Whether you’re a published author or an aspiring one, there’s only one question that should be keeping you up at night and it’s the title of this blog post. Instead of postulating aimlessly, I decided to cut out the middle man and go straight to the source. I reached out to some of the industry’s most devoted and thoughtful “super” fans for answers.
The individuals quoted in this article are not professional critics, paid influencers, or folks with an agenda to promote. Rather, they are die-hard genre fans who read dozens of books a year, regularly post reviews, and want nothing more than to be thrilled by every page. I asked them two simple questions:
- What keeps you turning pages when reading a novel?
- What makes you stop reading a book before the end?
I think their answers will both inform and surprise you…
What keeps you turning the pages?
“If I am invested in the characters I will flip page after page to find out how it ends.” —Todd
“The #1 reason is when I can feel the book on an emotional level because I have a strong connection with the characters. I love watching them overcome adversity or tragedy. It can be personal or professional, but if they grind through painful, dangerous or dirty situations and come out victorious/clean/redeemed on the other side then I’m hooked.”—Steve
“Having a connection with the main character, who is likable but not overly likable, and they have some mystique or intrigue about them.” —Chris
“If a story has me invested, either through great characters, or a killer plot, I won’t put that book down until I’m done.” —Derek
A common pattern emerged as I read through the responses—readers keep turning pages when they are invested in the characters. With such a strong, consistent theme, I had to dig deeper. I followed up, and asked:
What about a book makes you invest in their characters?
“Raw emotion is what drives me to read a book. If I’m downright devastated for a character, then the book has me hook line and sinker.” —Sarah
“I like men who are bada$$ and have their center on a true North, but can also exhibit genuine emotion…I like characters who I would like to know as a person.” —Vikki
“It is the ‘normal’ fears, personality defects, and desires in characters that allow me to see something of myself in them… THEN… to watch them overcome physical, psychological, and emotional challenges is that much more impressive and meaningful.“—Todd
“Sometimes I’ve had a similar personal experience that connects us and makes me root harder for them. Might not be a big thing, but any small detail that I can relate to. Another big reason is watching them overcome adversity or tragedy. I also like intelligence. There’s too much stupidity in the world that I like reading about characters who think critically and outwit others…as long as it’s done with integrity and purpose.” —Steve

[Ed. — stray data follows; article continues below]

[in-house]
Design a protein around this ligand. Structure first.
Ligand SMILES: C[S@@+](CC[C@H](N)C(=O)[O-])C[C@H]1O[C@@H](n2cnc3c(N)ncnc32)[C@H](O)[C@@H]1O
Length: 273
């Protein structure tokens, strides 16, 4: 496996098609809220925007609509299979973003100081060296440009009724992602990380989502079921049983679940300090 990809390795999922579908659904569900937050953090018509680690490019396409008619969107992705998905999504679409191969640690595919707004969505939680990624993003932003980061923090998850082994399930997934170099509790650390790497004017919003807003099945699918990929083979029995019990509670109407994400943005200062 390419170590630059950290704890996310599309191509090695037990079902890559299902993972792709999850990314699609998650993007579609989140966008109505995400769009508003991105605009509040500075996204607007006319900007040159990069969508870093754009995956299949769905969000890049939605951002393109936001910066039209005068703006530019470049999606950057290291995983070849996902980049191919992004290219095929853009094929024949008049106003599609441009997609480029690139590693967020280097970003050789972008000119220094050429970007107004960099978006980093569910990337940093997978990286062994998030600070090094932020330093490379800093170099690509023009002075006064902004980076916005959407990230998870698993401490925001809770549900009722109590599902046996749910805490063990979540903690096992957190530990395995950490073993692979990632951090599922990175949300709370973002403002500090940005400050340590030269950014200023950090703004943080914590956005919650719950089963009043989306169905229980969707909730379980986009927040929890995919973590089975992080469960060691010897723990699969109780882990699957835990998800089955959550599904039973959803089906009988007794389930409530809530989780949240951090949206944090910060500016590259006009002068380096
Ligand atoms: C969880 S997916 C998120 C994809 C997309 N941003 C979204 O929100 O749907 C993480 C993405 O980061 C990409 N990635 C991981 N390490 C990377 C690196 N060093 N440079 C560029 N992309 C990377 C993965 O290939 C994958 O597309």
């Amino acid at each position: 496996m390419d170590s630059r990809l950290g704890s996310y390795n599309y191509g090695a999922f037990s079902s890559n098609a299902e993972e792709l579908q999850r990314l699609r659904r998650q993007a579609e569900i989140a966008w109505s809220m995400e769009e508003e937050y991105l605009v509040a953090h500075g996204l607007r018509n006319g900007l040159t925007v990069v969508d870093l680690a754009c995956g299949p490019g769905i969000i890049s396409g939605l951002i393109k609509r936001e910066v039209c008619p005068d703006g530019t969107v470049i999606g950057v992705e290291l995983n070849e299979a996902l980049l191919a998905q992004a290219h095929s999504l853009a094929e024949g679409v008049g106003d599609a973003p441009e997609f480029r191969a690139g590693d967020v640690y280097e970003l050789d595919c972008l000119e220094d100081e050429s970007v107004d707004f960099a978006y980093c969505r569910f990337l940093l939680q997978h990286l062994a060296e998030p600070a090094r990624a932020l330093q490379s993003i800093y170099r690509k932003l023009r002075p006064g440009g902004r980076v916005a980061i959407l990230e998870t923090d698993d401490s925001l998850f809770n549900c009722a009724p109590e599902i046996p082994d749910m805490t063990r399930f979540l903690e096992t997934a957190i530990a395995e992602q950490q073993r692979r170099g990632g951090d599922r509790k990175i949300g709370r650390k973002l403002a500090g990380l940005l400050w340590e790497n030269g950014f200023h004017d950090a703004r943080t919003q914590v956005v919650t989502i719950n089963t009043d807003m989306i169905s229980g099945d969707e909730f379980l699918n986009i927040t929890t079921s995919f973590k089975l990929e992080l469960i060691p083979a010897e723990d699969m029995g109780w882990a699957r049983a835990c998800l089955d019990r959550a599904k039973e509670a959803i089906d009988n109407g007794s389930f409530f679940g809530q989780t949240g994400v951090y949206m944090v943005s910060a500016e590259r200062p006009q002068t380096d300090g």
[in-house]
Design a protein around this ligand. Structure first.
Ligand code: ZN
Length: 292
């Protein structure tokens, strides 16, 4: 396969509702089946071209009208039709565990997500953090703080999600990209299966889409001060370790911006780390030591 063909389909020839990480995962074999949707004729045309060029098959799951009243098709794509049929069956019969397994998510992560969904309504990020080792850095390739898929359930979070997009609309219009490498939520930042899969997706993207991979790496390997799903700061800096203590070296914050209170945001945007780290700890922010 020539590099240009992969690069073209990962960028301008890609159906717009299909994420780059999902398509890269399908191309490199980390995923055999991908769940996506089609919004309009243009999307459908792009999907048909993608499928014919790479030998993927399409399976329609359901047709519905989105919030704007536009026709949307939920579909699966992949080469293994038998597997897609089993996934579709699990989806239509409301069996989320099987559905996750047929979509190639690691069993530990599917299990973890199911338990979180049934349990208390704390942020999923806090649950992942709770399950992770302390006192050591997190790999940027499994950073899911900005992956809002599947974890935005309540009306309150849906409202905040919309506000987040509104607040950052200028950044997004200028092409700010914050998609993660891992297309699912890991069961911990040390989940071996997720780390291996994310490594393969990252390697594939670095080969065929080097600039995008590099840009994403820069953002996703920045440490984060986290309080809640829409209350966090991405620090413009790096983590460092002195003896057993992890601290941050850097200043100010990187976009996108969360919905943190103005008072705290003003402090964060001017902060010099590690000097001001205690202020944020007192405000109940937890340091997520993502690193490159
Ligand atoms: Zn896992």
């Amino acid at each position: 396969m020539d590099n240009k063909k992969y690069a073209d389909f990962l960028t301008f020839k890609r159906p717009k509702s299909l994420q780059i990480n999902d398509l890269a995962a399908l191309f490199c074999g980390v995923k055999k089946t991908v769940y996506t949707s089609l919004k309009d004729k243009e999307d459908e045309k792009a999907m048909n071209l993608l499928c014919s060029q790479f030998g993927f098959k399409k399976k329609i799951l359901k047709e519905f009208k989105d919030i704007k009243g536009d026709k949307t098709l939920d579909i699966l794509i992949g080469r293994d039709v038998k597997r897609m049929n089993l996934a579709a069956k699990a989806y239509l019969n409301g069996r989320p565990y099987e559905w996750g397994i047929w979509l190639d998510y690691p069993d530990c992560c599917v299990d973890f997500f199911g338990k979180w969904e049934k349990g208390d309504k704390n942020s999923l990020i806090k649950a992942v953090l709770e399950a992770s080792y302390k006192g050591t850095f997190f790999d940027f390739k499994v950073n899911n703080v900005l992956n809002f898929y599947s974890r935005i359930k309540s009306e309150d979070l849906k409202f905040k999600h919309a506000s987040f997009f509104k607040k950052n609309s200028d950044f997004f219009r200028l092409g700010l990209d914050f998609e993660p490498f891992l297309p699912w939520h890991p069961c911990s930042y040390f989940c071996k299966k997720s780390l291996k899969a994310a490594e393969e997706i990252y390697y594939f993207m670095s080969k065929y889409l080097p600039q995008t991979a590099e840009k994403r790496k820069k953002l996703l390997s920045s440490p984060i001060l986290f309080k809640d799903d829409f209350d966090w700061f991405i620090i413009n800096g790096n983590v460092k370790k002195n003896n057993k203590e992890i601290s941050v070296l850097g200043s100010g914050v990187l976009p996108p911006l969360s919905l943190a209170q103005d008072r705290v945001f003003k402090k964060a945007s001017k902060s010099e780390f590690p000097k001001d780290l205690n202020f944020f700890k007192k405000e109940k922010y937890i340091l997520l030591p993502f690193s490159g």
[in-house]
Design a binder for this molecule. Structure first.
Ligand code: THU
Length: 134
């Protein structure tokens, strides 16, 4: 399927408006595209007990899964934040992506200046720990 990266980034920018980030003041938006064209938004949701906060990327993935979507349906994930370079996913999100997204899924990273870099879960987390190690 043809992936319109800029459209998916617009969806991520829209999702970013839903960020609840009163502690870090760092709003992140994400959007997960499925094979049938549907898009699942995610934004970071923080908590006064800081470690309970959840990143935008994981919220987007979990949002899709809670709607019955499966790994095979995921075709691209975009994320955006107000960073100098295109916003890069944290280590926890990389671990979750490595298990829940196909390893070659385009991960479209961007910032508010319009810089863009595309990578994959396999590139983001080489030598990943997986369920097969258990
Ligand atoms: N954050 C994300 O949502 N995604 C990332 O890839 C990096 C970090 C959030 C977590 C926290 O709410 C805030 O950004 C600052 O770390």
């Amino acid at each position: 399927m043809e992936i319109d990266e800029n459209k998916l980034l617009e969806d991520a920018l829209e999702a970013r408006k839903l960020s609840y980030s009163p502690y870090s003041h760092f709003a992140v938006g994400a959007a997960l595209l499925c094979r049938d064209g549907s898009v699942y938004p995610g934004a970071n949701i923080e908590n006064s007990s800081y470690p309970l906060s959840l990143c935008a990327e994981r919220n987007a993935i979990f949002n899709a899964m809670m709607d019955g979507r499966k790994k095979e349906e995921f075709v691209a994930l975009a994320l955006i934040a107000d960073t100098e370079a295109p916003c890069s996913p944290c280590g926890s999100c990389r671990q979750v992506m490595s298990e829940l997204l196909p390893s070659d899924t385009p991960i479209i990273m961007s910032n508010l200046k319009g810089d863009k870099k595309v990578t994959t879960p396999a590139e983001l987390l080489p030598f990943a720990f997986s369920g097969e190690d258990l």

Unlike the answers to the first question, the responses to the second question took a different path, surprising me yet again. As it turns out, the reason people stop reading a book is not simply the opposite of why they turn the pages.
What makes you stop reading before the end?
“A few months ago I read a bestselling book from a known author and I could not continue it from the 50% mark. His hero was a crybaby who sulked and the story did not move from where it had started in the beginning. The trick is to make the protagonist humane but still be above us.” —Deep
“What makes me give up on a book— belaboring a point, too much crying for every hard event happening in the story…it makes me think, “Oh come on now, move on.” Perhaps another big thing for me is too little detail because I then think that the person hasn’t researched the subject enough.” —Jenny
“I walk away when a book deals with something that is in my face everyday. I don’t want to read about Covid-19 while I’m dealing with a Covid-19 pandemic in real life. I also can’t stand writers who put a ridiculous amount of time writing about something that has no bearing on the story.” —Chris
“Stale story with wooden characters.” —Kashif
“I’m out if a book opens with: a weather report, characters waking up, characters describing themselves while looking in the mirror, and/or the alcoholic detective battling his addiction.” —Janey
“I stop a book early and don’t finish it when it’s too technical, or I get lost.” —Sarah
“Poor writing, aimless plot that jumps around too much, or it takes so long to get going that I get bored.” —Steve
What I found intriguing about the responses to the second question was the variety. Readers could have easily just said the inverse of how they answered the first question—something to the effect of “I stop reading when I’m not invested in the main character,” but that was not the case. The reality is more nuanced than that.
Readers want to become invested in characters, and they only tend to abandon a book when the story-telling mechanics or character development is so poor that it undermines the experience.
One of the most revealing responses, and one that I encourage all authors to remember and keep close to your writer’s heart, came from Vikki:
I like characters who I would like to know as a person.
Readers want to meet characters who are so authentic, interesting, and inspiring that they would like to know them in real life. In a nutshell, that’s what it means to become invested in a character.
I really enjoyed preparing and writing this post. Thank you Todd, Chris, Derek, Vikki, Jenny, Kashif, Steve, Janey, Deep, and Sarah for taking the time to share your thoughts and wisdom with Career Authors and all the writers out there trying to write characters and stories worthy of your time and emotional investment!
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